I don’t remember who they were and I have a very good reason. This scenario I just related repeated itself all day long. I waited for someone to come and tell me where Buckminster Fuller’s teacup was but meanwhile bands kept showing up. I pointed and help set up, introduce them off they would go. I had no idea who was scheduled or at what time. About midday someone with a clipboard walked in. Hurray! The cavalry had arrived. She was rushed and frustrated. I asked where Buckminster Fuller was. She had no idea. I asked where the stage manager was. Well, there was a problem.
The satellite time they had booked had been taken away by the government. There would be no video hookup between cities. A major component of the staff had freaked about it and walked out, including the stage manager for Convocation Hall. But someone would be there very soon to do the job. I asked if there was a list of who was scheduled to perform. Well, actually no, there wasn’t because the staff members, when they walked off, had their clipboards with them. All the paperwork was gone. But someone would be there soon.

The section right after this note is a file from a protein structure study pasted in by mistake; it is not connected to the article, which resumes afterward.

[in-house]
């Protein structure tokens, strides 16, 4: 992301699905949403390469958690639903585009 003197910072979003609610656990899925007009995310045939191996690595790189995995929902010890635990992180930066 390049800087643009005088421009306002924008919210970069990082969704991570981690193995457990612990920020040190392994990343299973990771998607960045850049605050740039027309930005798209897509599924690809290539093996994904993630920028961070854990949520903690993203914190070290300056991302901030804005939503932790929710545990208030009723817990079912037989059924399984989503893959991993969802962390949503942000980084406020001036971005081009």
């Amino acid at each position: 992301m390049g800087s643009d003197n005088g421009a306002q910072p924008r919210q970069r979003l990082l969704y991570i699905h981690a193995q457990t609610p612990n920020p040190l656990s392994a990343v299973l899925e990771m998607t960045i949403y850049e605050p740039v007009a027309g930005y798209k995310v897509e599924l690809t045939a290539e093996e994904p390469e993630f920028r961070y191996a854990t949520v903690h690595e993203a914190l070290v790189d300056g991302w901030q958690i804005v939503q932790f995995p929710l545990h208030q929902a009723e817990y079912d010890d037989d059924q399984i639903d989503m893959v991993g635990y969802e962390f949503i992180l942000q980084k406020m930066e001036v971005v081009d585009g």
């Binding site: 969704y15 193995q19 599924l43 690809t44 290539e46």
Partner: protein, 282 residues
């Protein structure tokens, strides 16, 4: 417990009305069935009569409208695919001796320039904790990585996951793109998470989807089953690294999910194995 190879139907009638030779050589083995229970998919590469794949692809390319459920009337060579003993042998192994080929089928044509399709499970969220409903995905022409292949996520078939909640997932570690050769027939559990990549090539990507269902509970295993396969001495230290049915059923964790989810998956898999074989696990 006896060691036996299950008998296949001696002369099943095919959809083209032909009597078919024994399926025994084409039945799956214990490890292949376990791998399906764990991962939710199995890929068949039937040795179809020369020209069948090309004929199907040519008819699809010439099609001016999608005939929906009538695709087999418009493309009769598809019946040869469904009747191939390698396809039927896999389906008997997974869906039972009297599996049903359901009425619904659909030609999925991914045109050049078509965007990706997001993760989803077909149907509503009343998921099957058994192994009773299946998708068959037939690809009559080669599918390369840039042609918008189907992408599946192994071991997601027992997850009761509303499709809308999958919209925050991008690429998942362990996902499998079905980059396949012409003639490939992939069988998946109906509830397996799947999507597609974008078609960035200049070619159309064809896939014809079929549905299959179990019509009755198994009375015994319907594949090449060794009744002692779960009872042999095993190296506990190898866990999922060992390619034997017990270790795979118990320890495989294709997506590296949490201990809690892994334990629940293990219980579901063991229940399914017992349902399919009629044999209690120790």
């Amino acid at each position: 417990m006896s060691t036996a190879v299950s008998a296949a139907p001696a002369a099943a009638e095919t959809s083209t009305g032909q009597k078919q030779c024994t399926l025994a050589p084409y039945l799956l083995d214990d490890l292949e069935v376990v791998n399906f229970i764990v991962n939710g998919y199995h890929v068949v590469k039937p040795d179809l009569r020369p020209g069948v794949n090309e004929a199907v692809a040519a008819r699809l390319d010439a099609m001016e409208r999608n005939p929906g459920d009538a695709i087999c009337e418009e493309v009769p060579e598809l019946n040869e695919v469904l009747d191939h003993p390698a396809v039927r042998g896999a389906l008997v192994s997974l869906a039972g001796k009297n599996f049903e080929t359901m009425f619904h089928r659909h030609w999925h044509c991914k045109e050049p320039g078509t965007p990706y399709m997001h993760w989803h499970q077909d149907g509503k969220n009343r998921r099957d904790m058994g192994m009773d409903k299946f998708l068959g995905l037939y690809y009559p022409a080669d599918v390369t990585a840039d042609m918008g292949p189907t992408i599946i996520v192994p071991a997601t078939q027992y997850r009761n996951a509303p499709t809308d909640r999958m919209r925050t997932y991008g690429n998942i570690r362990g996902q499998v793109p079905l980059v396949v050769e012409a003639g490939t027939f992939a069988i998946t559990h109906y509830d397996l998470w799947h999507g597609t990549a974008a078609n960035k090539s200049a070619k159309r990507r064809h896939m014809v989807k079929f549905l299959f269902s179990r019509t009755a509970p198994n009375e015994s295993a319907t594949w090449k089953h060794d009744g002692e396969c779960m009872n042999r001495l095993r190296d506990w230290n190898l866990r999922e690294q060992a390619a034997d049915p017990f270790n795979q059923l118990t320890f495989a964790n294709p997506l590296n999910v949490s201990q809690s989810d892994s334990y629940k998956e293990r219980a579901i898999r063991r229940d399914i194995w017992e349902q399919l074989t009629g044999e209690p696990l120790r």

Hour after hour, day after day I welcomed in the performers, got them set up, introduced them, schmoozed a little before they left and another act came in. The attendees to the conference, which I heard were a couple thousand scattered about the campus, had different reactions to the new circumstances. Some demanded and received refunds and some dove into trilateral commission conspiracy theories about who was plotting against the free exchange of information among citizens of the world. So basically one could get angry, one could keep trying to make it be the way it was supposed to be or one could see the situation as it unfolded and work with that. I chose door number 3. Far out.